Top 10 Hardest Jobs to Fill in the U.S.
Unemployment is up and it seems like every outlet is saying jobs are hard to find. But, if you know where to look, there are plenty of fields in need of new, skilled employees. If you’ve left the military and don’t know what to do, consider the following list of hard jobs to fill in the U.S. from NBC News. These jobs are actually experiencing shortages of workers. However, this is due to a lack of qualified candidates. You’ll need to put in some time training and educating yourself, but you’ll be rewarded with a fruitful job search.
1. Skilled Trades – Skilled trades cover industries such as manufacturing and construction and skilled jobs including electrician and plumber. These positions typically require specific training, but not usually a four year degree. Many community colleges have programs for these types of jobs, and there are usually educational organizations for each which provide certifications and communities to assist in your job search.
2. Restaurant and Hotel Staff – If you have the patience for customer service and don’t mind running around, these jobs need qualified people to fill them. Service industries aren’t usually thought of as requiring skill, but excellent service is not an easy thing to provide. If you’ve got the endurance, energy, and personality for it, these positions are ripe for the taking.
3. Sales Reps – When’s the last time you sold someone something? Maybe it wasn’t a product, but a fake story or an idea you wanted someone to accept. Sales positions don’t require an abundance of technical knowledge, but they do require charisma and strong interpersonal skills. And based on how many sales positions are open, it seems like those skills are hard to find.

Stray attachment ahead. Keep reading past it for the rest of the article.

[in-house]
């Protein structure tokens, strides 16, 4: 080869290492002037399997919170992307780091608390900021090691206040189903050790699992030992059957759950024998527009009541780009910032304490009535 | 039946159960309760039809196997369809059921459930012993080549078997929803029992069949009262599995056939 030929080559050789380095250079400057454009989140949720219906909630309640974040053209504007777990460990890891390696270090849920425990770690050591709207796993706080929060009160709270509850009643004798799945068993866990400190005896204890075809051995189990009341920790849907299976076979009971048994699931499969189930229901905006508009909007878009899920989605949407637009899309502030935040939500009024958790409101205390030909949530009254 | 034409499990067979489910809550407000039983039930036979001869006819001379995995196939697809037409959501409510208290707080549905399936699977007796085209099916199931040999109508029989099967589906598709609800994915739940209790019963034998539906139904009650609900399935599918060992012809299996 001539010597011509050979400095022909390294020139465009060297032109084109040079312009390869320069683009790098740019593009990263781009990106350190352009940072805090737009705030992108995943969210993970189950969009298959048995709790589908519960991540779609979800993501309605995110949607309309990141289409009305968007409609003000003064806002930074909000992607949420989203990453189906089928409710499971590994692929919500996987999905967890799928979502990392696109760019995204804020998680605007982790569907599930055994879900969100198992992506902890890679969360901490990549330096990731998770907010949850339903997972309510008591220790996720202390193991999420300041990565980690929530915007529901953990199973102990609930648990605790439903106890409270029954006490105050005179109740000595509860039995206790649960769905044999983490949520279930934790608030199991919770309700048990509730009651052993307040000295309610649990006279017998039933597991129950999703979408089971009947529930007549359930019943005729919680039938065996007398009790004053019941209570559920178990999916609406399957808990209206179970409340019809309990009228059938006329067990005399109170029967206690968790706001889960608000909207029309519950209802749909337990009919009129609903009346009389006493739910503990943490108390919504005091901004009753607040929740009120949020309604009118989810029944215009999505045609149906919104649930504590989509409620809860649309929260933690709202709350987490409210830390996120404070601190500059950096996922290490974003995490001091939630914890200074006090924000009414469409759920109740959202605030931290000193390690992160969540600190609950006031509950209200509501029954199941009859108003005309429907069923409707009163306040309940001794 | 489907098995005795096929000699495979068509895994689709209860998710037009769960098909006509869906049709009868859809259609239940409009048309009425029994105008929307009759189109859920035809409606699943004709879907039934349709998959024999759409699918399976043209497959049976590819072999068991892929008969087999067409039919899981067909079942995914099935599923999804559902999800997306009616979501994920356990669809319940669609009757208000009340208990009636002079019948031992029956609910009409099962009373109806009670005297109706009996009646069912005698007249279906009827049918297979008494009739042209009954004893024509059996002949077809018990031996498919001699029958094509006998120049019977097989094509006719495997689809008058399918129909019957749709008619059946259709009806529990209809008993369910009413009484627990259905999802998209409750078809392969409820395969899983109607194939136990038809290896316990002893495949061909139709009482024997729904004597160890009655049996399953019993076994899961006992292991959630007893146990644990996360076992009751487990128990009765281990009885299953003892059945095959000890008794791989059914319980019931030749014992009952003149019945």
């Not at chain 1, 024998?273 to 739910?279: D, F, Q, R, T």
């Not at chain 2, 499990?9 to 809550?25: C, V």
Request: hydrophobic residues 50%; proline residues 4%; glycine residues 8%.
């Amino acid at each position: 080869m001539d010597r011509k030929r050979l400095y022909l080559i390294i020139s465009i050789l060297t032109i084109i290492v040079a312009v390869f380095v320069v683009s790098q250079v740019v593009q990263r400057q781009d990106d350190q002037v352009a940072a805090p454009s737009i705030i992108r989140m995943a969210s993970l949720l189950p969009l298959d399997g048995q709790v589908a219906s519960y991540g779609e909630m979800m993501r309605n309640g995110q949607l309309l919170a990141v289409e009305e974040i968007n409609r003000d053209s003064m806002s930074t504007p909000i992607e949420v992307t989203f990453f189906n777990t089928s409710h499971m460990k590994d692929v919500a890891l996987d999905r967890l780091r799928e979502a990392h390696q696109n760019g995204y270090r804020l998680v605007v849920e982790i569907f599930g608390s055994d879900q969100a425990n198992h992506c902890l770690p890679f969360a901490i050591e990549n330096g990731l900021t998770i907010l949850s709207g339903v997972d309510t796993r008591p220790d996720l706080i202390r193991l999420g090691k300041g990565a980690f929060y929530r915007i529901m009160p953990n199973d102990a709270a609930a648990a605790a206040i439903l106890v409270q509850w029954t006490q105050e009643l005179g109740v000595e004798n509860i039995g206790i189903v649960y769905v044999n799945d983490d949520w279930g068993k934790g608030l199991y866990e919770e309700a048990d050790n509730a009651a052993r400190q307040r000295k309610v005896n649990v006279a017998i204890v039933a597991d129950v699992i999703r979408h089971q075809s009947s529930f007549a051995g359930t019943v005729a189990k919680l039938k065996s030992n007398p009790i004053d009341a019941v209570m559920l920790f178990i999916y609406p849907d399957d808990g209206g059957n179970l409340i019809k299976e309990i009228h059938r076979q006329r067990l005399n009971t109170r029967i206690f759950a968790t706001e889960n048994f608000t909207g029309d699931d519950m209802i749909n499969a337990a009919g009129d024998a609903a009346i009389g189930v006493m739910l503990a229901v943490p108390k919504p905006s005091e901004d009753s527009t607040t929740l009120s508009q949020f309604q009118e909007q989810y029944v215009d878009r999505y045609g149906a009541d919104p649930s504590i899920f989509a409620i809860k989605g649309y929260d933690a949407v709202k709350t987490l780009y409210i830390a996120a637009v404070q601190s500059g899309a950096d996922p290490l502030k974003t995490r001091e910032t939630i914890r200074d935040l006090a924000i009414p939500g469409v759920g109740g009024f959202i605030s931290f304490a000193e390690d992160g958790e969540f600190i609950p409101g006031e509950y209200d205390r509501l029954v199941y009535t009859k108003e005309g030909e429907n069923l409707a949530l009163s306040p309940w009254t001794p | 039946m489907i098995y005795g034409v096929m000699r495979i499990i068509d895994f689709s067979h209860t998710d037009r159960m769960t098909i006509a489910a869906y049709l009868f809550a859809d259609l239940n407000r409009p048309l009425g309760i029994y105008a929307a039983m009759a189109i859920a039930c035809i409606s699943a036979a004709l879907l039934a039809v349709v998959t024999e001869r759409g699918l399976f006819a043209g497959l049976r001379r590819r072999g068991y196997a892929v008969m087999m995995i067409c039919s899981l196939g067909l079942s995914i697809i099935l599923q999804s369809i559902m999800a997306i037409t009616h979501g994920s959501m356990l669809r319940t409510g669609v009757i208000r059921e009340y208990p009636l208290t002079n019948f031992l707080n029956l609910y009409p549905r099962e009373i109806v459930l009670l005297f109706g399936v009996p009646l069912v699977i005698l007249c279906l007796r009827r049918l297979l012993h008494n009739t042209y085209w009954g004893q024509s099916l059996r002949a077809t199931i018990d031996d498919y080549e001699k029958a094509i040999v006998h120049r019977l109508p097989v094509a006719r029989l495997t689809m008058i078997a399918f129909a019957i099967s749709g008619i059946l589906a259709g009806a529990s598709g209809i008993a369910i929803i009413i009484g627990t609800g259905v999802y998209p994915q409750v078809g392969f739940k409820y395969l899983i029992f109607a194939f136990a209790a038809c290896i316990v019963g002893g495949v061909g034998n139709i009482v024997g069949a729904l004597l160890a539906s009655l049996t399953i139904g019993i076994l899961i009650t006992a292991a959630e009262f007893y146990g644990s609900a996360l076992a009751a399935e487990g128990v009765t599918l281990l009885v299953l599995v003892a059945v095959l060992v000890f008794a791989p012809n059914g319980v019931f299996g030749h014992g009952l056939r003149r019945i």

4. Teachers – Teachers don’t have easy jobs, but they can be very rewarding. If you value helping the next generation of Americans learn and grow, this is definitely a position you should consider. However, be warned that while there may be teaching jobs available, they require a four year degree and teaching credentials.
5. Drivers – Professional driving isn’t usually what you see in action movies. These jobs are just about getting citizens from point A to point B via taxi, bus, or shuttle, but that isn’t as easy as it sounds. Professional driving requires thorough knowledge of traffic laws, excellent spatial awareness, and familiarity with the area you’re driving in. If you can navigate the roads safely and quickly, there are jobs out there waiting for you.
6. Accounting and Finance – Accounting and finance professionals are usually the first ones to tell you that their job isn’t exciting. However, they are as lucrative as they are valuable. If you’re gunning for job security, accounting and financing should be at the top of your list.
7. Laborers – Laborer positions are similar to skilled trades, only they don’t requiring certification or much training. These jobs fit under a wide umbrella, so if you’re good with your hands and are in decent shape, these are a good option to consider.
8. IT Staff – IT professionals are a commodity. The internet is a fundamental part of just about every company in the U.S., and it requires a vast swathe of professionals to keep it up and running at the office. If you have any technical aptitude, seriously consider obtaining the right degree and certifications to fill these jobs.
9. Engineers – Engineers typically enjoy large paychecks, but getting the right education can be difficult. First you need to pick a specialization, then it takes at least four years in college to get the right degree. Although the training takes a long time, engineers enjoy job security, especially since these positions are in demand.
10. Nurses – Nursing can be a very lucrative job, but it requires the right education and certification. Even if you didn’t serve in a medical MOS, you can go into a bachelor’s or similar program and set yourself on the path to nursing.
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